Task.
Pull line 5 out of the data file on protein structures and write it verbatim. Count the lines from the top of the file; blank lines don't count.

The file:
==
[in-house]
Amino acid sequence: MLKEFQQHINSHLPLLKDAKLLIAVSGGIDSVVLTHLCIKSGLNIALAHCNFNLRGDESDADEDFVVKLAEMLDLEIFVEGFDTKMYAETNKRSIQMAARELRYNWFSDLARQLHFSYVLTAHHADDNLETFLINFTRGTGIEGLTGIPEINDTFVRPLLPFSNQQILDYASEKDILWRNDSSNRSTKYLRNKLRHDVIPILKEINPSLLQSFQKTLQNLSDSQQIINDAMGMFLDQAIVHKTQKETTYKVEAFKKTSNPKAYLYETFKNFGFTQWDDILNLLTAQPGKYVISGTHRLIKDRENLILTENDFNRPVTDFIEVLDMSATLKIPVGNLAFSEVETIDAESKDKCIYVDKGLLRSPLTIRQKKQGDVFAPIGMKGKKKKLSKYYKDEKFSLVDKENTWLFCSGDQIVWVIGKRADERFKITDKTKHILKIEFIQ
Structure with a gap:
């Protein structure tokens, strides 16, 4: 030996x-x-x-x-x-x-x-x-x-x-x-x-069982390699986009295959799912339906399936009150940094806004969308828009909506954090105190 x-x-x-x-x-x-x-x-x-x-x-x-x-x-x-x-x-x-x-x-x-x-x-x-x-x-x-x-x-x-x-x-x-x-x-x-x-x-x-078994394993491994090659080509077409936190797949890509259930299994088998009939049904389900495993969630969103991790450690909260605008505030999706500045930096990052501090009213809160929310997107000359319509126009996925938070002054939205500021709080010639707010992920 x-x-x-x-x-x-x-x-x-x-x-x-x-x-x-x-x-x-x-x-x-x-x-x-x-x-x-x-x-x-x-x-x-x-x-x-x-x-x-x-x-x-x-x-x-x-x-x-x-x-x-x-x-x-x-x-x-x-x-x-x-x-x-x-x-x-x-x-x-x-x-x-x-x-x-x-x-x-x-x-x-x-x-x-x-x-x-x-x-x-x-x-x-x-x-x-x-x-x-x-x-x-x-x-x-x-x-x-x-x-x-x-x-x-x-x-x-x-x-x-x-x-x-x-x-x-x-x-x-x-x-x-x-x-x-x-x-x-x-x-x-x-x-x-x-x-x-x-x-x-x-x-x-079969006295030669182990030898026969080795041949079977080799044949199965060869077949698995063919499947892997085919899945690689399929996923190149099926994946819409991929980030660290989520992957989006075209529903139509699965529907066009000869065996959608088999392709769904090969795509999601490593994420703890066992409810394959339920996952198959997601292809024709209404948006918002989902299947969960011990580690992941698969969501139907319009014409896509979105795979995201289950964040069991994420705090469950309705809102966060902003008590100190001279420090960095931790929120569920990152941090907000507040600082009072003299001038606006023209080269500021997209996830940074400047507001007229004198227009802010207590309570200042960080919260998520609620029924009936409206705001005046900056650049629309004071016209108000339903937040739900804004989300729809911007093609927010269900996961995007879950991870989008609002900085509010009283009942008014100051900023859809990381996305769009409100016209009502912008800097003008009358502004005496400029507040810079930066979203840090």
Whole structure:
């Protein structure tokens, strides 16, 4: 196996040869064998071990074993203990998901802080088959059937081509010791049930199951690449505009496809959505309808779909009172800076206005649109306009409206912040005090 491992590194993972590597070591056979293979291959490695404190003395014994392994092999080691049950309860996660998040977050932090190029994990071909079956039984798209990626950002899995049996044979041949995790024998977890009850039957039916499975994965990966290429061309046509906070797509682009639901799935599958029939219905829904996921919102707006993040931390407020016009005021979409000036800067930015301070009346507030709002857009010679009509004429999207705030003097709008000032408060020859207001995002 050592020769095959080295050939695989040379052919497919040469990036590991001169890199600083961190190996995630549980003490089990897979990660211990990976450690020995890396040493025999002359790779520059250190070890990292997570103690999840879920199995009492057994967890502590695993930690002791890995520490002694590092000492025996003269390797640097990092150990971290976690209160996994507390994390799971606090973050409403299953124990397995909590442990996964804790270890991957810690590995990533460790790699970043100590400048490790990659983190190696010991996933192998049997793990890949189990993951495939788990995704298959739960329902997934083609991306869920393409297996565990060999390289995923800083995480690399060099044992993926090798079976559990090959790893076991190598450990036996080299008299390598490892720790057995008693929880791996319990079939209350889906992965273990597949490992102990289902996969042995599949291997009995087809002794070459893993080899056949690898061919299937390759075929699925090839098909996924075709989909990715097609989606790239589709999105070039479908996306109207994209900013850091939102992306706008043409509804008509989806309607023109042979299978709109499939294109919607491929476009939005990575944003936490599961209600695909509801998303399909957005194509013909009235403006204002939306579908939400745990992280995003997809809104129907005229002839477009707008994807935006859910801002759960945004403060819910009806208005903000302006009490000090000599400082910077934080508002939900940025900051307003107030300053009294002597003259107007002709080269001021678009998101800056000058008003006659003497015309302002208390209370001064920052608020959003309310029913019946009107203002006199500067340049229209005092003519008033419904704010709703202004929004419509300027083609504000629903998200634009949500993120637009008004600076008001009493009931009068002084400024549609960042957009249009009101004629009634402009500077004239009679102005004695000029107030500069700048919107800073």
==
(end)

Whole structure: